The Psychology of Money Business & Investing_1 pdf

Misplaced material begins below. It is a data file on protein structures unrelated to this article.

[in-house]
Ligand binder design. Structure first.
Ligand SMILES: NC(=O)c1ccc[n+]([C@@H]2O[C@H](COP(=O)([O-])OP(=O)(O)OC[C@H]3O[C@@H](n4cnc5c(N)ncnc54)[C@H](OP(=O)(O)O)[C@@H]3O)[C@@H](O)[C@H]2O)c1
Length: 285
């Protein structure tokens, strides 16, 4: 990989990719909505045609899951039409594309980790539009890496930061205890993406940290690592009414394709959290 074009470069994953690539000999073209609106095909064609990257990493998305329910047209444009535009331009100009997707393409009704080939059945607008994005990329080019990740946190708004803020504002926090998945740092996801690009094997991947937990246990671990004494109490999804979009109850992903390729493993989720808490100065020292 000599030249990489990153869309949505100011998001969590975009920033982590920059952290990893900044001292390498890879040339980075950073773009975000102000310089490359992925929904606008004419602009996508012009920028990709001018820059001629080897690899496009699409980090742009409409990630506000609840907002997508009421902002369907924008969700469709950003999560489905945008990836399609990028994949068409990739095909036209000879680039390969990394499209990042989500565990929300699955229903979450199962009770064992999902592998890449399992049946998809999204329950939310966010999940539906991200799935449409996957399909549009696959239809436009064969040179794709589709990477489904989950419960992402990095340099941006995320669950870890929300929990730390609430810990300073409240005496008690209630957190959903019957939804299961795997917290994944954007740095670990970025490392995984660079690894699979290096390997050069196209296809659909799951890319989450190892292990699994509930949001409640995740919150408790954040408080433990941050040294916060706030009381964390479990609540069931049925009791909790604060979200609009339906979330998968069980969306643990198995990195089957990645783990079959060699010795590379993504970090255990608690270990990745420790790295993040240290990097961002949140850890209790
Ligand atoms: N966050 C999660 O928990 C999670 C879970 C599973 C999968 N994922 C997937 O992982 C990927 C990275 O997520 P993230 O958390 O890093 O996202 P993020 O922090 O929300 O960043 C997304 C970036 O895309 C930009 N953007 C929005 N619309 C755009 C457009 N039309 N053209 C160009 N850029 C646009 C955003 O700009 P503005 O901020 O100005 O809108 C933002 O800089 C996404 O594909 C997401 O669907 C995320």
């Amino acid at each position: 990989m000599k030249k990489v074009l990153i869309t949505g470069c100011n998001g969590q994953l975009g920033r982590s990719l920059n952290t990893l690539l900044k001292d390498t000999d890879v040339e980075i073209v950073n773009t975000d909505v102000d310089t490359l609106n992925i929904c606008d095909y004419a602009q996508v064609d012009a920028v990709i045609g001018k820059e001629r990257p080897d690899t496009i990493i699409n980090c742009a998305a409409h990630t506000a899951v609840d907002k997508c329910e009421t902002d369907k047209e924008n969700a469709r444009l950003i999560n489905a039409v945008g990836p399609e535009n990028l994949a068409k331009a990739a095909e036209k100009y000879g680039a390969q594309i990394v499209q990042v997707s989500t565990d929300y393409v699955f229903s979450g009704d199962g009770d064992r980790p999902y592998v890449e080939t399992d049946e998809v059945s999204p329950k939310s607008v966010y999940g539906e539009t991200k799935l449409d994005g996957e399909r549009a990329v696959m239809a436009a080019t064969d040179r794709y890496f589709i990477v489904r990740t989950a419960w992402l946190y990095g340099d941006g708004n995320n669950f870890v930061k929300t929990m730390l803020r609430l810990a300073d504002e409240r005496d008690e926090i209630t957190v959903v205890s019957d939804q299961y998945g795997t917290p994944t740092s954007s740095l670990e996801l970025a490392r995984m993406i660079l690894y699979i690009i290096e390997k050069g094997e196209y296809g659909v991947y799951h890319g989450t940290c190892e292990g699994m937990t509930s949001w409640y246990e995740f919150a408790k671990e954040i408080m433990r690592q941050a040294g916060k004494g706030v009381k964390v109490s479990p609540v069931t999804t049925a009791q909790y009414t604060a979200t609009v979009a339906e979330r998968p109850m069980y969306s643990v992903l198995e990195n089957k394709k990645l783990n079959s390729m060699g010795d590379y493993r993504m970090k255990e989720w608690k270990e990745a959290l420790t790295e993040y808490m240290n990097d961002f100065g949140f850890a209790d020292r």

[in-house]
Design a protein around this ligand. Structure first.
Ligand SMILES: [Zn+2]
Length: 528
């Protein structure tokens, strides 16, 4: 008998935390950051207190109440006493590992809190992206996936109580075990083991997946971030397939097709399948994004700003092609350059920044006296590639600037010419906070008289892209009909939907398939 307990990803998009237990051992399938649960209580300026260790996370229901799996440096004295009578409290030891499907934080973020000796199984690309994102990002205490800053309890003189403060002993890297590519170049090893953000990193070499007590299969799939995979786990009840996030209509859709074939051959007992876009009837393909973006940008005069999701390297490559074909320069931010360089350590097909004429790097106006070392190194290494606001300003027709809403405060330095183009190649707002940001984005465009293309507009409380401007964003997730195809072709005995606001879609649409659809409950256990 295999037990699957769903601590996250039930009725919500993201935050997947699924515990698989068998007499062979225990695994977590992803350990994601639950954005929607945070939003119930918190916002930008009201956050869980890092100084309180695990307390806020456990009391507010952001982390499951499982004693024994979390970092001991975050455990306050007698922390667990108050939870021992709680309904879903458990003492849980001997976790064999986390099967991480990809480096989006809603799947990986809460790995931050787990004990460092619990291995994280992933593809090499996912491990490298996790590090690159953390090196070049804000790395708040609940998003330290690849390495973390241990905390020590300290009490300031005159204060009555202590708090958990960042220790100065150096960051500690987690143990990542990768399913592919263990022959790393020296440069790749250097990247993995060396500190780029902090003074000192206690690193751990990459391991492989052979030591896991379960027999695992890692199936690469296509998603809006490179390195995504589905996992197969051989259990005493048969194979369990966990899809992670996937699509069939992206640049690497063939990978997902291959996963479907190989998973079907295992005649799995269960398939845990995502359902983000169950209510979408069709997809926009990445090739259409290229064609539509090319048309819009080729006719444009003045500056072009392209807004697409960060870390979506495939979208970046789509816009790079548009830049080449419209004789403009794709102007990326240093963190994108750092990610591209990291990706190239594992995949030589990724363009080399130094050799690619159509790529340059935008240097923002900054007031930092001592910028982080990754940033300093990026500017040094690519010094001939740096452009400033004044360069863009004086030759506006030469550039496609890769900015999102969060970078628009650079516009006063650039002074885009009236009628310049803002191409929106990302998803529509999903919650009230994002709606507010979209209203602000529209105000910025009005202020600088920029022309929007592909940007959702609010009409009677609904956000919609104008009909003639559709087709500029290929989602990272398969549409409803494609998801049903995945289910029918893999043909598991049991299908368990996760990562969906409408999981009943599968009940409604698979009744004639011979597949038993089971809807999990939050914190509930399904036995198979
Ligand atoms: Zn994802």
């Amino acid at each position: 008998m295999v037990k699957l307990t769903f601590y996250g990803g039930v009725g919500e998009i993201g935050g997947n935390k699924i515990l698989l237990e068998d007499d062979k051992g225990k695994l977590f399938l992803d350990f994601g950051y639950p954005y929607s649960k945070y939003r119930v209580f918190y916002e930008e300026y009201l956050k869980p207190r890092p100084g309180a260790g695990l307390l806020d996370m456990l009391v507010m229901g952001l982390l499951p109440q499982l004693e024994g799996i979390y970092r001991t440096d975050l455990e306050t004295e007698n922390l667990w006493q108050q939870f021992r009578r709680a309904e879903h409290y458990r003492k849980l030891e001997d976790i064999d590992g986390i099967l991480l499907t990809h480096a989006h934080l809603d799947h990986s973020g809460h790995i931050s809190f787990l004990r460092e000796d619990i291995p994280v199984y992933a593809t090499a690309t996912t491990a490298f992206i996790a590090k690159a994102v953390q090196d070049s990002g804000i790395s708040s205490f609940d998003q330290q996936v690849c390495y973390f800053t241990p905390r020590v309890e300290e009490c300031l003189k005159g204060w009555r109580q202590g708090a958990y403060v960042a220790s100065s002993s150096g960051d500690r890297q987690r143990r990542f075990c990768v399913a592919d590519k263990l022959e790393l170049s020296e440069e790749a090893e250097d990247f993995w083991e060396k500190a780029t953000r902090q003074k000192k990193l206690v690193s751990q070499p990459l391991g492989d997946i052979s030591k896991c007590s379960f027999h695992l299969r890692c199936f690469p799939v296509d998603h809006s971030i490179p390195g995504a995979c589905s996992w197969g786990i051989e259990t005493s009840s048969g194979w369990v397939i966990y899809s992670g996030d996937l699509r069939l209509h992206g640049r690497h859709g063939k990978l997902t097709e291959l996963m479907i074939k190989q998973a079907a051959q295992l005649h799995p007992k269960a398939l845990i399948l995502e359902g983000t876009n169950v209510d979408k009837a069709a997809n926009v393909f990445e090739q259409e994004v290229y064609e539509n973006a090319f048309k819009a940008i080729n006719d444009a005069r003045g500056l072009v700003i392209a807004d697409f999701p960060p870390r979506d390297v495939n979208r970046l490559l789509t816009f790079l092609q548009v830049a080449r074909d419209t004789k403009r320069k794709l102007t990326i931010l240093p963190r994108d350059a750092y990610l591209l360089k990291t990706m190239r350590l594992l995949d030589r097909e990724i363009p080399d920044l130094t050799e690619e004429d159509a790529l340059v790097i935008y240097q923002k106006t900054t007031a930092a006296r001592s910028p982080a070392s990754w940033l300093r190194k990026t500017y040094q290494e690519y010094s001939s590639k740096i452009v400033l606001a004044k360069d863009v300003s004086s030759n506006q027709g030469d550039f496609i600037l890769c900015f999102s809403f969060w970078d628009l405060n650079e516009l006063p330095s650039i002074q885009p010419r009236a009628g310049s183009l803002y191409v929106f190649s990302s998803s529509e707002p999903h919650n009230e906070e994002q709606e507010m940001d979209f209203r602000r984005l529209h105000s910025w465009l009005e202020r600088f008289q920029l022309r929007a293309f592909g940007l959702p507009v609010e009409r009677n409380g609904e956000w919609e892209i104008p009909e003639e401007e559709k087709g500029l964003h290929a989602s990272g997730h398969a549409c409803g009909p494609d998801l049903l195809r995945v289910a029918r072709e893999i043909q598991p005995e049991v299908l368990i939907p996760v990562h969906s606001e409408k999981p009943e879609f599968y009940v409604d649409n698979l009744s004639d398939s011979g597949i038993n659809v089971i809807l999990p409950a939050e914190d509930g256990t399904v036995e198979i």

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44 The Psychology of Money and Public Finance [Contributions to Behaviour Research] 61 will include these materials in so far as they permit statements concerning essential habits in dealing with money and behaviour patterns and motives connected there- with: on the respective roles played by husband and wife in household decisions, and the more or less common will created between them in economic matters; on the origin and composition of income; on the role of the ‘co-earners’ in a household and the extent of economic ‘inte- gration’ of means and demands; on the economic significance of the various forms of income and the analytical value of the ‘income’ factor; on the income pattern and the standard of living practised as distinct from the one aimed at; on thrifty, planned household economy and its results; on financial reserves, savings, acquisition of property and wealth; on the amount of ready cash; on hoarding; on long-term savings; on taking loans; on subjective liquidity and the role of expectations; on the problems of receiving income or effecting payments through bank remittances and cheques; on forms and motives of money investments; on reactions to interest rates and premiums on savings; on confidence in the value of money and appreciation of the value of money; and on education to induce saving and to impart a knowledge of economics. The analysis of the reasons for a particular kind of behaviour shows many variations in depth: sometimes it can be made on rational consid- erations alone; in other cases we are compelled to penetrate into indi- vidual psychic motivation. As a rule the analysis remains in the nature of a ‘sociological’ explanation, using such concepts as status, role, educa- tion, environment, mentality, etc. Only in exceptional cases can we remain on purely ‘economic’ ground; even the income factor cannot, on closer examination, be interpreted exclusively on an economic basis if the analysis is not to be bogged down in such tautological statements as, for instance, that the higher the income, the greater the likelihood of savings from its remainder. In reality, saving is practically always actively motivated; it is true that macroeconomic statements on the ‘savings function’ for instance can – on the surface – manage without anything being said about motivation; but such statements are often valueless as forecasts unless it is possible to resort to a microeconomic causal analysis. 62 With respect to many subjects of microanalysis the critic will a priori be inclined to question whether or not they are relevant to the prob- lems of the economy as a whole: does the behaviour of the small saver, the small shareholder, or the payment habits of people with the smal- lest bank deposits carry any weight for the economy as a whole? But certainly they are all the more significant in a society whose middle Economic Psychology 45 class is increasing in size and prosperity. If, for example, we ascertain that small income holders of capital are irresponsive to changes in the rate of interest and that in this area traditional conceptions of the price function of interest rates do not apply, even indeed that rates of interest only constitute a spur to rational economic behaviour beyond a certain threshold of income, and, further, that this threshold is surprisingly high in some population groups – then, so it seems to us, it is well worthwhile to work out an ‘interest theory of the common man’, and to determine the threshold at which it ceases to apply. This would enable us to follow the transition to a more rational ‘interest consciousness’ with greater precision; after all, it does seem quite probable that in this way we might obtain suggestive impulses even for the traditional interest theory. 63 It is indeed true to say that even the analysis of rational behaviour derives particular benefit from the methods of microeconomic, psycho- logically informed behaviour research. Wherever in the real economic world we find human behaviour conforming to economic rationality, this is usually due to institutional training or produced by certain educa- tional influences. In order to forecast which people will behave ration- ally in a particular way, and under what circumstances, it is necessary to refer to the results obtained by behaviour research. The main problem of economic theory – which is to discover in what fields the hypothesis of rational behaviour approximates reality – can be solved by our empirical research methods just as well as the problem of economic policy, which is to discover when and to what extent economic rationality can be attained or improved by taking particular measures, 64 and the problem of forecasting economic developments. As a result of our survey described above, the analysis of behaviour in dealing with money in private households has made considerable progress. More specific research programmes are now being planned. We have already mentioned as examples the subjects ‘Economic beha- viour under inflation’ and ‘The thresholds of sensivity to interest rates’. With regard to the interest problem there exists a first, unpublished special study on the possibilities and limits of property formation by employees; this study was commissioned by, and carried out on behalf of, the Federal Ministry for Labour and Social Order in 1961. It was an investigation of the effectiveness of certain measures of industrial firms to assist employees in their formation of property. Among those who were the object of this policy a distinction was drawn between those on the one hand who are no longer in need of assistance for their property formation, and those who cannot yet be reached, as well as, on the other 46 The Psychology of Money and Public Finance hand, the middle group which is both in need and worthy of assistance, i.e. at least potentially willing to save. It must be admitted that the savings goals of this middle group of employees are to a large extent still within the area of consumer durables, which undeniably occupies first place in the ascending ladder of the various types of property formation. On the other hand – if the long- term view is taken – it is certainly not meaningless (as a first step) to encourage the saving of larger sums on a long-term basis, even if the amounts saved are partially used to acquire consumer durables. 65 The assumption that better familiarity with book money, still lacking in the ‘lower’ half of the population, would lead to changes in saving habits, periods of saving contracts and saving goals, is among the subjects that have so far been confirmed by our research but whose final analysis had to be postponed. If not such long-term effects, but only the immediate results of certain measures to encourage saving are at stake, first of all the actual opposition must be tackled which we must expect to encounter. Such opposition can be avoided by suitable methods or be overcome, for example, by promising a sufficiently high reward for conformity. In order to test various possible ways of encouraging saving in business we applied (among other methods) the split-ballot technique, i.e. a number of different but identically constituted groups were chosen at random for interrogation with questions varied according to a set plan. On our behalf, the Frankfurt DIVO Institute questioned two groups, each consisting of 400 employees, while our Research Institute similarly interviewed two groups, each consisting of about 100 employees. In addition, we carried out a pilot study by questioning about 40 employers in various types and sizes of industry in order to supplement our hypoth- esis about the presumed efficacy of various possibilities by evaluating the chances of realizing them in actual business practice. Among other things we were able to confirm our assumption that the influence on behaviour of interest on capital depends not only on the rate of interest, but also on the amount of the interest-bearing capital and the particular kind of promised interest. Low rates of interest may possibly influence the choice of capital investment, but only above a variable threshold of property the height of which is determined by the strength of the profit motive; also by such information and habit phenomena as familiarity with accounts and banks; while a very much higher rate of interest – optimum 50 per cent – may even serve to awaken a wish to save which was at best only latently present beforehand. But here again the effectiveness of the influence of interest rates on Economic Psychology 47 behaviour does not depend only on the actual rates but just as much on the skill with which this stimulus is dressed up as information and adapted to the mentality of whatever group is being addressed. The series of available reports on investigations ends for the moment with a minor pilot study carried out in a small Rhineland township by students as part of their practical work: it concerns the ‘infectious’ effect produced by the acquisition by neighbours of television sets. One of our colleagues took advantage of an invitation to the Survey Research Center, University of Michigan (Professor Katona), to make inquiries of his own, in part also to undertake development studies in British Honduras; and at present a comprehensive survey is being carried out under the auspices of the Association for Social Policy (Verein für Socialpolitik) on the influence of associations, chambers of industry and commerce and labour unions on the economic policy of the Federal Republic. These few examples may suffice to describe some of the actual projects of the Cologne research workers on socio-economic behaviour; but the research aspect must certainly not obscure the part played by teaching. The main lecture course – ‘Socio-economic Behaviour Research’ – in Cologne has been included in the general syllabus for students of economics and sociology. It was held for the first time during the winter term of 1955–56 with one lecture per week. Since the summer of 1958 these lectures have mostly been given twice a week, alternating in courses of two and three terms. A specialized course on fiscal psychology was given once a week in a seminar, and a practical class for junior students in socio-economic behaviour research was held twice a week in 1959 and 1961. To these were added in the summer term of 1960 and the winter terms of 1960/61 and 1961/62 twice weekly seminars for more advanced students, as well as a main seminar for senior students in the winter term of 1961/62. These courses regularly turn out a staff of student assistants who work in the Research Institute and in the Central Archive for Empirical Social Research. This in turn serves automatically to maintain contact with related disciplines, in particular with those of sociology and social psychology. 66 For three terms our researchers cooperated with psychiatrists under Professor de Boor in a colloquium on ‘Psyche and Property’, in the course of which new patients of the University Psychiatric Clinic were examined with a view to discovering how far the so-called ‘property function’ is preserved in cases where consciousness of space and time is disturbed or completely lacking, i.e. how much the patients knew 48 The Psychology of Money and Public Finance or clearly remembered about their private property and also what their attitude was with regard to money and the value of money. 67 In this connection there could also be mentioned several symposia we held with representatives of neighbouring disciplines. In 1957 there was a discussion under the auspices of the Research Agency of the Land of Northrhine-Westphalia (Land Nordrhein-Westfalen) with represen- tatives of law and technological sciences. In 1960 a colloquium was held in Zurich with anthropologists and cultural philosophers; finally, at the meeting in October 1961 of the ‘Munich Discussions’ there were talks with psychologists. Some of those meetings resulted in direct contacts and stimulated our socio-economic research. 68 The problem of consistency and change in the economically relevant behaviour of human beings, if taken seriously, requires a research programme that would absorb the working energies of generations. Out of the broad panorama of entrepreneur decisions and purchaser atti- tudes, of saving and property formation, of the behaviour of taxpayers and citizens, of the different influences on legislation by economic groups and single firms, we have for the present concentrated our research interest on a few specialized areas, in particular on behaviour in dealing with money in private households and on the subject of fiscal psychology as outlined above. In the field of fiscal psychology our preliminary investigations mentioned above are to be followed by a special analysis of the behaviour of the better-off independent taxpayers; as a second step to broaden our knowledge of behaviour in dealing with money, further research is planned by means of an inquiry (already begun) into the behaviour of holders of securities. If conformity and constancy of human behaviour are to be ascribed to the working of institutions and to the effect of attitudes and habits, while any change is due to rational behaviour, socio-economic mobility and the changing conditions of environment – all of which elements are to a great extent accessible to empirical research – then the hope may be justified that, in the near future, such socio-economic behaviour research will be able to contribute to a better understanding and even to the forecasting of economically relevant human behaviour. 69 3 The Private Household Section 3.1 is translated from Günter Schmölders, Der Umgang mit Geld im privaten Haushalt [in Zusammenarbeit mit G. Scherhorn und G. Schmidtchen], Berlin: Duncker & Humblot 1969 (Beiträge zur Verhal- tensforschung Heft 10). Section 3.2 (‘A behavioral approach to monetary theory’) was first published in Erich Streissler (ed.), Roads to Freedom. Essays in Honour of Friedrich A. von Hayek, London: Routledge & Kegan Paul 1969, pp. 201–43. Section 3.3 (‘Level of aspiration and consumption standard: some general findings’), written jointly with Bernd Biervert, was first published in Burkhard Strümpel (ed.), Human Behavior in Economic Affairs: Essays in Honor of George Katona, Amsterdam, New York, etc. 1972, pp. 213–27. 3.1 How money is managed in private households 3.1.1 The head of the house and the housewife When it comes to money management, then I cannot approve of the approach taken by most men of standing, who give their spouse a certain sum which they must get by on in running the home. This creates a conflict of interest; the wife is placed in the category of servants, is tempted to act out of self-interest, seeks to make savings, finds that the husband is too fond of his food, pulls a face if he invites a good friend home to dine; the husband, if he is not noble-minded, always thinks he is not dining well enough for his hard-earned money, or, if on the other hand he exercises excessive sensitivity of thought, does not dare occasionally to request a further modest 49 50 The Psychology of Money and Public Finance repast, for fear of embarrassing his spouse. So give your wife  a sum of money appropriate to your circumstances for her expenditures! If she has spent this money, she should come to you and ask for more! If you find that too much has been spent, then ask to be shown the bills! Consider together with her where economies might be made! Do not make any secret of your financial circumstances; but also set aside a small sum for her innocent pleasures, for her toilet, for modest acts of charity, and do not ask for any account to be made for these! 1 How should we imagine the division of economic roles in the private household today, two centuries on from Knigge? In a fifth of all house- holds, one could say that economic decisions are taken in the course of a monologue; these are the single-person households. However, 80 per cent of households are faced with a need to reconcile the wishes of several household members with one another. Of this group, we consider below only those households with a complete core of the family, i.e. that 70 per cent of homes where both partners remain together. The main earner in each of these households was asked whether he retained his earnings for himself or whether he passed them on either entirely or to a large degree to his wife, possibly deducting a sum of money for his own personal spending; the housewife was asked whether she receives a regular amount of money to run the home. It was shown that in most families (70 per cent), the housewife managed all or nearly all the household income. Of course, this does not mean that the man might not have any influence on how the money is used; we are not talking here about the needs and desires arising in the house- hold. However, the responses show that in most cases the man leaves ‘budgeting’ on the available income more or less entirely to the woman. Even the fact that in a notably large number of instances (48 per cent) the man ostensibly does not even keep back any money for his own personal spending is not surprising; in general, this probably refers only to the ‘official’ arrangements. It is likely that this takes no account of, for example, the worker’s overtime pay, which he arranges to have paid out separately and in some circumstances conceals from his wife, and similarly it takes little account of the extent to which the man whose wife manages his whole income gradually diverts sums from the joint pot for his own personal use over the course of the income period; ‘personal spending’ here simply means that the man regularly retains a certain amount for himself when handing over his earnings, and that his wife knows how much this is. The Private Household 51 To summarize, in the Federal Republic of Germany there is practically no instance of single-account budgeting where the account is managed exclusively by the head of the house. Rather, the most frequent instance is where the budget is indeed managed using just a single account, but the housewife is responsible for managing it; less frequently, one finds that the main earner retains some part of his income and therefore has a second account which he himself manages. Looking for the factors which might explain these differences, one first comes across the level of income; where there is little money, it probably makes little sense to divide up this small amount across two accounts. Rather, practically everything will be spent on day-to-day living and smaller purchases, made by the wife, while the man goes about the busi- ness of earning an income: why should he give himself the additional trouble of managing his own account? In fact, this hypothesis is imme- diately confirmed: in households where the head of the family earns less than DM 400 net income per month, in most instances (75 per cent) there is just one account, managed by the wife, whereas in households with a monthly income of DM 1000 or more, in most cases there are two accounts: here the main earner hands over his entire earnings to the wife in only 37 per cent of households, and in 63 per cent a part of his earnings is kept back. Admittedly, this connection in no way proves that the division of economic roles within the home is clearly, or even solely, dependent on the level of income. As Table 3.1 shows, it appears that one’s profession plays a role here. Across all income differences, it appears that independent retailers, free- lance professionals and farmers are more likely to manage a part of their income themselves than are white- or blue-collar workers. This trend may be attributable to the irregular income streams experienced by these groups of professionals. However, it remains an open question as to why the percentage of men operating a second account increases with higher income across all professional groups, with the exception of blue- collar workers. This finding is, as will be shown, the key to explaining the phenomenon: blue-collar worker households differ from all others mainly because they are less often able to build up financial assets. 2 Looking around further for the factors contributing to this notice- able finding, the conjecture is rapidly confirmed that in addition to the economic situation of the households, a particular type of economic behaviour on the part of the household is decisive in all instances: two- account households are consistently somewhat smaller than the single- account households, but on average they dispose of somewhat greater 52 The Psychology of Money and Public Finance Table 3.1 Money management by professional and income groups a Blue-collar worker households White-collar worker and civil servant households Households of independents working in retail and commerce, and freelance professionals Farming households Net monthly income of the main earner Below DM 500 (%) DM 500 and over (%) Below DM 600 (%) DM 600 and over (%) Below DM 600 (%) DM 600 and over (%) Below DM 500 (%) DM 500 and over (%) Type A: Main earner gives all or most of earnings to the wife 78 80 78 64 53 39 53 30 Type B: Wife only receives a part of earnings 18 17 18 30 44 46 28 30 Type C: Wife receives money to manage on at very irregular intervals 43 4 6 3151940 Total 100 100 100 100 100 100 100 100 a Only households with a complete core of the family (two partners). financial means. In these households, the financial means are contrib- uted by more than one person in almost every instance, and the financial integration of these households is consistently stronger, i.e. the income- earners in two-account households give on average a bigger share of their earnings to the joint household account. For these reasons the freely disposable income in two-account households, after taking out the regular outgoings, is somewhat larger than in the households with just The Private Household 53 one account; and as this freely disposable income is used for purchases or to build up a reserve of cash, the success of two-account households in saving money (expressed inter alia in the amount of money kept in various accounts) is consistently larger. All this points to the fact that it is less the level of the earnings available to the household which causes the head of the house to manage a part of his income himself, but rather the fact that some part of these earnings remains unspent (as a result of joint budgeting) and, over time, builds up into a significant, if still modest, cash reserve. In fact, the proportion of two-account households in all professional groups increases with the increasing amount of the cash sums which have been accumulated in the various accounts (Table 3.2). Since this finding applies across the board, i.e. including for blue-collar worker households, we are inclined to adduce it to explain the facts of the situation; but how should it be interpreted? Is it simply reflecting the fact that in general a specific account is used to build up financial assets, and that if there is any need to do so it is the head of the house and not the housewife who is entitled to draw on that account? An argument against that is the fact that even 63 per cent of the single-account households operate more than one Table 3.2 Financial assets a and financial management b Blue-collar worker households (%) White-collar worker and civil servant households (%) Households of independent professionals and farmers (%) Households with assets of: – Under DM 500 One account 84 80 54 Two accounts 16 20 46 100 100 100 – DM 500–DM 2000 One account 79 83 47 Two accounts 21 17 53 100 100 100 – Over DM 2000 One account 56 52 28 Two accounts 44 48 72 100 100 100 a Total of all amounts which the household has in its accounts. b Only households with a complete core of the family. [...]... enough the result of the fact that to some extent management of the deposit money account is a role traditionally assigned to him; he is the head of the family and the head of the house, the family bears his name, he represents the household to the outside world, he earns the larger part of the money with which the household manages its budget, and he looks after the assets which the household accrues... it The form of income which best reflects and symbolizes the status of the earner in the social stratification in an earnings- and consumption-oriented society is clearly personal income, and in a household the income of the person who heads up that household and represents it to the outside world, who determines the social status of the other members of the household, i.e the income of the head of the. .. partners in their actual behaviour and in their judgements of one another13 demonstrates very clearly that they cannot develop patterns of behaviour independent of the other within the framework of what is generally the very close economic unit of the household, and thus no separate way of thinking when it comes to money about which the other partner is in ignorance The limited economic room for manoeuvre... themselves, etc The aim of this ‘descriptive function’ of income is to characterize the financial position of households which are selected and broken down on the basis of completely different characteristics; perhaps on the basis of the profession of the head of the family or by size of household, number of children, etc Naturally, one can also adduce main earner income in describing a group of households... Secondly, this division of income into two accounts generally takes place right at the start of the financial period (week, month); however, this is then an expression of a certain kind of economic behaviour on the part of the core of the household which is important for the matter under discussion In two-account households, the man and the woman apparently decide at the start of the financial period,... hypothesis can only be correct if the longitudinal changes are brought about by the same factors as the crosssectional differences In our example, the cross-section is influenced by the level of income, career structure and also by the age of the head of the household In the longitudinal view, however, it can be the case that the structure of all three variables (the quantitative relations between the. .. the factor income (‘How much money do the households have?’) is naturally only extremely incompletely satisfied if taking the income of the main earner as the measure; it gives a thoroughly inaccurate picture of the financial strength of half of all households But on the other hand, the information which we obtain from the household’s income about the financial strength of the household is only accurate... households (26 per cent) in the Federal Republic of Germany, the head of the household or the housewife took the view at the turn of the year 1959–60 that their income would increase in the next 12 months Retrospectively, looking at the past five years, heads of household or housewives in nearly one-third of households (32 per cent) reported that they were significantly better off than five years ago Just... because they are often simply unrealistic, because the plans under discussion are not ultimately carried through – in other words, the discussions are staged all too often in the vacuum of non-committal points of view and pulling together the formation of economic desires in the household That there really is such a process of integration, that agreement on key issues relating to managing the household... where the available means are not sufficient to satisfy all the pressing needs The following finding supports this hypothesis: the better-placed the household in financial terms, the bigger the sums which the members of the core of the family have at their disposal without needing to reach an agreement with the partner.11 Our study makes it possible to demonstrate agreement and divergence in the economic . very irregular intervals 43 4 6 315 1940 Total 10 0 10 0 10 0 10 0 10 0 10 0 10 0 10 0 a Only households with a complete core of the family (two partners). financial means. In these households, the financial means. of George Katona, Amsterdam, New York, etc. 19 72, pp. 213 –27. 3 .1 How money is managed in private households 3 .1. 1 The head of the house and the housewife When it comes to money management, then. summer term of 19 60 and the winter terms of 19 60/ 61 and 19 61/ 62 twice weekly seminars for more advanced students, as well as a main seminar for senior students in the winter term of 19 61/ 62. These